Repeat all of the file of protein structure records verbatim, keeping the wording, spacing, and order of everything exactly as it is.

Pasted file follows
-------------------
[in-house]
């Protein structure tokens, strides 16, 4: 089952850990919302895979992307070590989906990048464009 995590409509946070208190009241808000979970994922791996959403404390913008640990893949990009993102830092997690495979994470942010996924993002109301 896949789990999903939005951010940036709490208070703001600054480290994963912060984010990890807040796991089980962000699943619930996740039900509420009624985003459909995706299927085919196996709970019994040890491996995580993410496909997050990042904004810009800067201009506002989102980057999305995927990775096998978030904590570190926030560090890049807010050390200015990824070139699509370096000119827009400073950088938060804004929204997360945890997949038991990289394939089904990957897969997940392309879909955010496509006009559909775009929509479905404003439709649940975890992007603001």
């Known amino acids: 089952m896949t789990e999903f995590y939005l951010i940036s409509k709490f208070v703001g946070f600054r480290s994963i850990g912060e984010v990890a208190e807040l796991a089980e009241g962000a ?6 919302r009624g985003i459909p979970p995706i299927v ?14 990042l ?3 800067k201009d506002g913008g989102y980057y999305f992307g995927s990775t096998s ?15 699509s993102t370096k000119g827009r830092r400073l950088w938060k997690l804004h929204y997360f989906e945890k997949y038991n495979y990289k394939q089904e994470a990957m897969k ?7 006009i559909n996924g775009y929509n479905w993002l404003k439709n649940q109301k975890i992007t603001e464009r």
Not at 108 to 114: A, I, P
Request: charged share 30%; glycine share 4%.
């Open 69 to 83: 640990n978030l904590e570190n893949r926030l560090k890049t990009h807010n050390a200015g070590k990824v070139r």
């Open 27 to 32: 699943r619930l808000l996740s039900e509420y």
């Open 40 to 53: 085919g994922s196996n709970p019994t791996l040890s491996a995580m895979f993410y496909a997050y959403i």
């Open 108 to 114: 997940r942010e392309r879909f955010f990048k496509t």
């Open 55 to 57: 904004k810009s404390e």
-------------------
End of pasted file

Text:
[in-house]
């Protein structure tokens, strides 16, 4: 089952850990919302895979992307070590989906990048464009 995590409509946070208190009241808000979970994922791996959403404390913008640990893949990009993102830092997690495979994470942010996924993002109301 896949789990999903939005951010940036709490208070703001600054480290994963912060984010990890807040796991089980962000699943619930996740039900509420009624985003459909995706299927085919196996709970019994040890491996995580993410496909997050990042904004810009800067201009506002989102980057999305995927990775096998978030904590570190926030560090890049807010050390200015990824070139699509370096000119827009400073950088938060804004929204997360945890997949038991990289394939089904990957897969997940392309879909955010496509006009559909775009929509479905404003439709649940975890992007603001």
């Known amino acids: 089952m896949t789990e999903f995590y939005l951010i940036s409509k709490f208070v703001g946070f600054r480290s994963i850990g912060e984010v990890a208190e807040l796991a089980e009241g962000a ?6 919302r009624g985003i459909p979970p995706i299927v ?14 990042l ?3 800067k201009d506002g913008g989102y980057y999305f992307g995927s990775t096998s ?15 699509s993102t370096k000119g827009r830092r400073l950088w938060k997690l804004h929204y997360f989906e945890k997949y038991n495979y990289k394939q089904e994470a990957m897969k ?7 006009i559909n996924g775009y929509n479905w993002l404003k439709n649940q109301k975890i992007t603001e464009r």
Not at 108 to 114: A, I, P
Request: charged share 30%; glycine share 4%.
């Open 69 to 83: 640990n978030l904590e570190n893949r926030l560090k890049t990009h807010n050390a200015g070590k990824v070139r």
């Open 27 to 32: 699943r619930l808000l996740s039900e509420y």
């Open 40 to 53: 085919g994922s196996n709970p019994t791996l040890s491996a995580m895979f993410y496909a997050y959403i």
């Open 108 to 114: 997940r942010e392309r879909f955010f990048k496509t």
């Open 55 to 57: 904004k810009s404390e």